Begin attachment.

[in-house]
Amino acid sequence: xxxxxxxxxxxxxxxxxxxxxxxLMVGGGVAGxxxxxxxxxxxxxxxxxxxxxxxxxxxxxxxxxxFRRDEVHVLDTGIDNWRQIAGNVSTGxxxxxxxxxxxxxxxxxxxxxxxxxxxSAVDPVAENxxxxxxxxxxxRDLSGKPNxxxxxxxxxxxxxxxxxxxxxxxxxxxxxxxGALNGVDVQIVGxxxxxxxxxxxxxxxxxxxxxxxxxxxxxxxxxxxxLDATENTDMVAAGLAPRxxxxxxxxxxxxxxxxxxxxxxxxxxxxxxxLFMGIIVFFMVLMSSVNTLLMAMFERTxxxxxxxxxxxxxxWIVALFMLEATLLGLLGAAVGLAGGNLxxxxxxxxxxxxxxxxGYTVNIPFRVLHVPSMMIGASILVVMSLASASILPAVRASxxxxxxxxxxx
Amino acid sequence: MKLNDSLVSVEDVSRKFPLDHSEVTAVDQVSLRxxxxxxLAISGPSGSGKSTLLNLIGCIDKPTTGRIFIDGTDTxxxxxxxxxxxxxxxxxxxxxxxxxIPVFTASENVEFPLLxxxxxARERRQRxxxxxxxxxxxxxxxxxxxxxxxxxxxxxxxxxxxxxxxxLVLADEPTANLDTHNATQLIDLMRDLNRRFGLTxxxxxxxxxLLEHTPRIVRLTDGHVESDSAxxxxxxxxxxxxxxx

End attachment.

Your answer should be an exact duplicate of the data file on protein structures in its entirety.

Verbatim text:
[in-house]
Amino acid sequence: xxxxxxxxxxxxxxxxxxxxxxxLMVGGGVAGxxxxxxxxxxxxxxxxxxxxxxxxxxxxxxxxxxFRRDEVHVLDTGIDNWRQIAGNVSTGxxxxxxxxxxxxxxxxxxxxxxxxxxxSAVDPVAENxxxxxxxxxxxRDLSGKPNxxxxxxxxxxxxxxxxxxxxxxxxxxxxxxxGALNGVDVQIVGxxxxxxxxxxxxxxxxxxxxxxxxxxxxxxxxxxxxLDATENTDMVAAGLAPRxxxxxxxxxxxxxxxxxxxxxxxxxxxxxxxLFMGIIVFFMVLMSSVNTLLMAMFERTxxxxxxxxxxxxxxWIVALFMLEATLLGLLGAAVGLAGGNLxxxxxxxxxxxxxxxxGYTVNIPFRVLHVPSMMIGASILVVMSLASASILPAVRASxxxxxxxxxxx
Amino acid sequence: MKLNDSLVSVEDVSRKFPLDHSEVTAVDQVSLRxxxxxxLAISGPSGSGKSTLLNLIGCIDKPTTGRIFIDGTDTxxxxxxxxxxxxxxxxxxxxxxxxxIPVFTASENVEFPLLxxxxxARERRQRxxxxxxxxxxxxxxxxxxxxxxxxxxxxxxxxxxxxxxxxLVLADEPTANLDTHNATQLIDLMRDLNRRFGLTxxxxxxxxxLLEHTPRIVRLTDGHVESDSAxxxxxxxxxxxxxxx